Damn. Mantis shrimp are crazy. They can strike prey as fast as a .22 calibre bullet, but this other stabbing technique some mantis shrimp use to kill is scary dark.
The little critters hide their body up to their eyes in the sand as they wait for a fish to swim by. When a poor fish gets close, the mantis shrimp shoots its body out of the sand, impales the fish with serrated blades and then drags the fish back into the sand with it. All this happens in a matter of seconds, so it's almost like the fish just disappeared.
Of course, deep savagery aside, the mantis shrimp is also an awesome creature. Its eyes have six pseudopupils and 12 colour receptors, we only have two pupils and three colour receptors. But beyond that, what's really impressive is their ability to see polarisation. Deep Look explains:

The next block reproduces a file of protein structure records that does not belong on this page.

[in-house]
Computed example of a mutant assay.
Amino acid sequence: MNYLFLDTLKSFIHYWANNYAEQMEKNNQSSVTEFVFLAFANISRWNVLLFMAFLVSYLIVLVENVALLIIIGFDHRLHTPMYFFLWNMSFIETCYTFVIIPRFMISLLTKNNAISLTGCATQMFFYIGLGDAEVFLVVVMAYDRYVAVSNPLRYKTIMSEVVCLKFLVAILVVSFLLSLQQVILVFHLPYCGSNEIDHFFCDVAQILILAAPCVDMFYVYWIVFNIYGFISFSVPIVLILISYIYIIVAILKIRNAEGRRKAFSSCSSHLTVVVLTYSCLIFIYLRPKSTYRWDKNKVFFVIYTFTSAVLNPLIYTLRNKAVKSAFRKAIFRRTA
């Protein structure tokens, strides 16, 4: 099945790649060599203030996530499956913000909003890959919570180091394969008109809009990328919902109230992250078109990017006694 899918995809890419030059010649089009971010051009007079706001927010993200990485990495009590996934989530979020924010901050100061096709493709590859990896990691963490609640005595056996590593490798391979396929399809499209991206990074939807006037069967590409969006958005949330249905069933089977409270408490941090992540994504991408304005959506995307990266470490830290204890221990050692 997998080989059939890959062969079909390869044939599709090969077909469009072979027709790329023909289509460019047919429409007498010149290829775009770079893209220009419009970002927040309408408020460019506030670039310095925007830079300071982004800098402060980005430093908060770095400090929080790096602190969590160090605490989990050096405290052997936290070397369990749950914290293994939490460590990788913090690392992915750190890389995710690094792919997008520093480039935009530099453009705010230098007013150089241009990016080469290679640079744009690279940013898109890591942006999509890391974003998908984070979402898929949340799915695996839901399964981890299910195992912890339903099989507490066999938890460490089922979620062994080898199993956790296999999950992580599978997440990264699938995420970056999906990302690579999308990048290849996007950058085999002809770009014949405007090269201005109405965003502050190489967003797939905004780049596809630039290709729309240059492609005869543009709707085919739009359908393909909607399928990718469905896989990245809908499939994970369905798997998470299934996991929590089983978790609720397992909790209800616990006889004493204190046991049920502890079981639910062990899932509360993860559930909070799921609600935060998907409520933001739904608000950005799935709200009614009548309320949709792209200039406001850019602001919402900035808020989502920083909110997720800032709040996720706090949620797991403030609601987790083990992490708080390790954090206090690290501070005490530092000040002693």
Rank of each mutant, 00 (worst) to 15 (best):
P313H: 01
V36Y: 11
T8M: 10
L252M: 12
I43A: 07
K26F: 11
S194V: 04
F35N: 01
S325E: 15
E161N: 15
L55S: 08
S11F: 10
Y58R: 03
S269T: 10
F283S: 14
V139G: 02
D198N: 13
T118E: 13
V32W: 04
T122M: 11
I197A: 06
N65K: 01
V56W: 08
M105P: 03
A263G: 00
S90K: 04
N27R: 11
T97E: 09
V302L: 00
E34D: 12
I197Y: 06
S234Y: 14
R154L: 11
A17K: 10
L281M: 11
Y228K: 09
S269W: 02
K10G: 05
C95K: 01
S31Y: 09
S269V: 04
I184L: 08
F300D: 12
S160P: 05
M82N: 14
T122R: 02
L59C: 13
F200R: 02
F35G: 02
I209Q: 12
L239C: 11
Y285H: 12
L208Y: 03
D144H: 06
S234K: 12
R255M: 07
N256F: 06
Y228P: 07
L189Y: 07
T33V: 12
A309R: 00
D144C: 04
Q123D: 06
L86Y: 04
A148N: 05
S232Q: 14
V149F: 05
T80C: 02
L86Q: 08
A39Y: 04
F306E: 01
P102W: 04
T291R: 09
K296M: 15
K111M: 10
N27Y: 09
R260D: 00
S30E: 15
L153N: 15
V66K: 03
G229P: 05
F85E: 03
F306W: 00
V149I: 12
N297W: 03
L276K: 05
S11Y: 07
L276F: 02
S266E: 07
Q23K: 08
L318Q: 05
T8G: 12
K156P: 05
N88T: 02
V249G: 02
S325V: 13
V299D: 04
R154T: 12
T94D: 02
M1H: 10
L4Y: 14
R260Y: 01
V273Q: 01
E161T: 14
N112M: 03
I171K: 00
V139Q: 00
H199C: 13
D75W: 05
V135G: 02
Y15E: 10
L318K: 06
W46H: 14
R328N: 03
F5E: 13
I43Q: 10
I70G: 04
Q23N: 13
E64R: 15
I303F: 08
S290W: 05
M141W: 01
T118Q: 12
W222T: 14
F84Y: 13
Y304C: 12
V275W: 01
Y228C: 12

Mantis shrimp can perceive the most elusive attribute of light from the human standpoint: Polarisation. Polarisation refers to the angle that light travels through space. Though it's invisible to the human eye, many animals see this quality of light, especially underwater.
But mantis shrimp can see a special kind of polarisation, called circular polarisation. Scientists have found that some mantis shrimp species use circular polarisation to communicate with each other on a kind of secret visual channel for mating and territorial purposes.
In other words, their eyes are so damn good that they're capable of a whole secret language. Scientists are actually using the mantis shrimp's brand of polarisation to sniff out cancer. Watch in the video below.